Understanding how to support children and young people in achieving their full potential at school is a vital part of education. To do this, we must first understand the factors that can influence academic achievement. This topic has been widely researched for typically developing (TD) individuals, with intelligence (Neisser et al., 1996), working memory capacity (Gathercole et al., 2004), and self-discipline (Wolfe & Johnson, 1995), amongst many other factors, being related to academic achievement. Research in this area has, however, been neglected for children with developmental disorders, particularly Autism Spectrum Disorder (ASD). As we know that outcomes for children with ASD are generally poorer than for TD children, it is arguably even more important that focus is given to improving their potential outcomes.
While research into factors related to academic achievement is already limited, one factor that is largely under-represented in the ASD literature is the role of attention. The ability to focus and sustain attention is crucial for learning and subsequently for academic achievement (e.g., Erickson, Thiessen, Godwin, Dickerson, & Fisher, 2015). Within the literature that considers attention as a predictor of academic achievement, both in typically developing children and children with ASD, the majority focus on measuring attention at the behavioural level (i.e. Does the child listen in class? Are they focused on tasks?), but few consider attention at the cognitive level as an aspect of executive function.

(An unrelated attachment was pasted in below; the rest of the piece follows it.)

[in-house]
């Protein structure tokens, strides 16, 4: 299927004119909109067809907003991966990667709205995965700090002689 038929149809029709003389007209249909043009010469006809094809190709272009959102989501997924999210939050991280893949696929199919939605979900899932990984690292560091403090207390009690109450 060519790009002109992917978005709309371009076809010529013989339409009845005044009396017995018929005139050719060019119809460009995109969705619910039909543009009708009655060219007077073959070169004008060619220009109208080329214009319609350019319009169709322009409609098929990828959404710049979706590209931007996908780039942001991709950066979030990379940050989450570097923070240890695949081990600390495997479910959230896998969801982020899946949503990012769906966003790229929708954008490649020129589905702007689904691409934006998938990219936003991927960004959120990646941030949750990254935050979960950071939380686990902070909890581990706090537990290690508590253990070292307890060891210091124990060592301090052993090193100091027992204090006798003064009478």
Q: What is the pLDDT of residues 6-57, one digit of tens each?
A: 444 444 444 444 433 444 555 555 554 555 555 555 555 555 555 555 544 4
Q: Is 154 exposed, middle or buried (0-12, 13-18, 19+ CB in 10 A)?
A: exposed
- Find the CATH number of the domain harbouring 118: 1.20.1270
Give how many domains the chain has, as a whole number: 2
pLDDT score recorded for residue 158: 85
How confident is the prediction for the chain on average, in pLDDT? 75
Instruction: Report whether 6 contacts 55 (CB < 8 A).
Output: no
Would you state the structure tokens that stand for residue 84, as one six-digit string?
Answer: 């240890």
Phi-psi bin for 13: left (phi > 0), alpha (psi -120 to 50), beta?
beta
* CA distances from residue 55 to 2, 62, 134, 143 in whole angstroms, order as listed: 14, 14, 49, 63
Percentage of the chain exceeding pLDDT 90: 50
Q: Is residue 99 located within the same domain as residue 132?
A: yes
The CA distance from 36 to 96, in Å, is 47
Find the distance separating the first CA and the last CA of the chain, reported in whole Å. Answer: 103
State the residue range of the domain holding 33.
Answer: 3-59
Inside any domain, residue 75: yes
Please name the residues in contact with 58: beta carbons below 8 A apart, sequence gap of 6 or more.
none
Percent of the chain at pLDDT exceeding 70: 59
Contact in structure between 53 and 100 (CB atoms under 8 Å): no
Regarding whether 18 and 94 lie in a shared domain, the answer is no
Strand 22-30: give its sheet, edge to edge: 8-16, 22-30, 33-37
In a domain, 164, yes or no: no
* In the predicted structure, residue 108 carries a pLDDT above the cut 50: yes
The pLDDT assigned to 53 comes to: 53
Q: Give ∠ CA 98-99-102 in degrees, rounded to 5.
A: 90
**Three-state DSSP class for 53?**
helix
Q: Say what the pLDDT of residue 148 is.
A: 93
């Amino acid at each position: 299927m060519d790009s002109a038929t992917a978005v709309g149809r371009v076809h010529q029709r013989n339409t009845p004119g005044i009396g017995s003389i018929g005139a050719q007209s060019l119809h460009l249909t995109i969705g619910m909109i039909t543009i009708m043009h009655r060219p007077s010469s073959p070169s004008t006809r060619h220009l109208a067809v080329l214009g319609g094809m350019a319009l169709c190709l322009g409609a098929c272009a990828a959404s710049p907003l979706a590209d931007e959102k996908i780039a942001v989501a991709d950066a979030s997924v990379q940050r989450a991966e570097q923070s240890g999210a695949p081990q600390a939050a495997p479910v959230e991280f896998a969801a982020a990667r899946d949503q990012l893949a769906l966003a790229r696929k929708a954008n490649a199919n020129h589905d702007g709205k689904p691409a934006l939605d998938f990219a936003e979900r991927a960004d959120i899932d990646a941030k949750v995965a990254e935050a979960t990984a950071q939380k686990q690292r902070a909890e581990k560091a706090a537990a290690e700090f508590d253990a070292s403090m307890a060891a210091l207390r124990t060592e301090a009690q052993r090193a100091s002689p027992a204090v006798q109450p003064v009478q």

My current research therefore focuses on understanding how a child’s experience in the classroom environment, with a specific focus on attention, may be related to academic achievement, for children with and without an Autism Spectrum Disorder (ASD). Individuals with an ASD are known to have unusual visual attention patterns and to experience sensory overload from their environment which may impact upon their ability to learn in the classroom. The aim of this research is To gain a detailed understanding of the relationship between attention and academic achievement for children with and without ASD, using a mixed-methods approach